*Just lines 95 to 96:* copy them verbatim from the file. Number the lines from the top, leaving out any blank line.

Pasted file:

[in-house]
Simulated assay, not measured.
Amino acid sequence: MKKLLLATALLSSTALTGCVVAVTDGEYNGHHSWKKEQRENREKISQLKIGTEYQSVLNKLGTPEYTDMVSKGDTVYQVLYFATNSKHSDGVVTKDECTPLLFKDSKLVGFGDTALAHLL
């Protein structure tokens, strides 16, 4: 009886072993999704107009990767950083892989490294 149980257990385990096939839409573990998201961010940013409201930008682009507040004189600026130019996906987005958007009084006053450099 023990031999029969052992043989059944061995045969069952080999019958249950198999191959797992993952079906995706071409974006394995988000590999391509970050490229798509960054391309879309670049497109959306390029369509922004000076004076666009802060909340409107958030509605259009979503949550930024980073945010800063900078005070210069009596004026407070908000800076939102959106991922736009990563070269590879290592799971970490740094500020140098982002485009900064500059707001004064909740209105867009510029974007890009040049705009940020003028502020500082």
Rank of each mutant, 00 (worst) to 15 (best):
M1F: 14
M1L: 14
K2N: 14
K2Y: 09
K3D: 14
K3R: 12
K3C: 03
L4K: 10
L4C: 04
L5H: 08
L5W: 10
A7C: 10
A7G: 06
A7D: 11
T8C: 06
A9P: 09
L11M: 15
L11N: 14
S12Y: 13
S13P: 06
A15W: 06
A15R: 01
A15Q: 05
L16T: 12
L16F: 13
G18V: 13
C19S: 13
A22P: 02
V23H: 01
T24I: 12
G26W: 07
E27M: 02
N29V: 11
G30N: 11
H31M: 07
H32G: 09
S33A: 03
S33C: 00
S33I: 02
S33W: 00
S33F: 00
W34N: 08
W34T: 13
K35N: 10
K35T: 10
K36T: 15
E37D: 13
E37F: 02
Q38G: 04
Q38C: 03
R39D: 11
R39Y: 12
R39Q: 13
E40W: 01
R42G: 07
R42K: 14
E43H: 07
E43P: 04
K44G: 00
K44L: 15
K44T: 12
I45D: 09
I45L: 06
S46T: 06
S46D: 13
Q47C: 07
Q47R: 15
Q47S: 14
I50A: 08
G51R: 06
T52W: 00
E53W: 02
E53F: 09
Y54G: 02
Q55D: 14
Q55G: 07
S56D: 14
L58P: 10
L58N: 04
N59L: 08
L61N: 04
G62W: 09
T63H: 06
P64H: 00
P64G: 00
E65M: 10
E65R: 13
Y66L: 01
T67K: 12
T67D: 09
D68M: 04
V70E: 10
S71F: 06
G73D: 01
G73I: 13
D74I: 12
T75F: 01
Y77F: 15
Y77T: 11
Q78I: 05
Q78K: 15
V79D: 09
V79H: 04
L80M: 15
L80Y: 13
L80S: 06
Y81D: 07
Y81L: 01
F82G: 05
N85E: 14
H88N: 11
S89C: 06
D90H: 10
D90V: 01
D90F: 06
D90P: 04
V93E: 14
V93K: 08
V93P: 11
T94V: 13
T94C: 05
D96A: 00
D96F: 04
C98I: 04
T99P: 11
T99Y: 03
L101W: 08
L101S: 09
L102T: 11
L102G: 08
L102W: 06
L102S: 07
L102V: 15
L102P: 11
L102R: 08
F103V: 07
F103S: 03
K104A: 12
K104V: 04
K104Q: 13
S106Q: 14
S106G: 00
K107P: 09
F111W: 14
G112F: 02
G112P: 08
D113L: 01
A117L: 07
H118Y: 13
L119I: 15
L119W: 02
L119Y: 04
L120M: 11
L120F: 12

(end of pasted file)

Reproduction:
T67D: 09
D68M: 04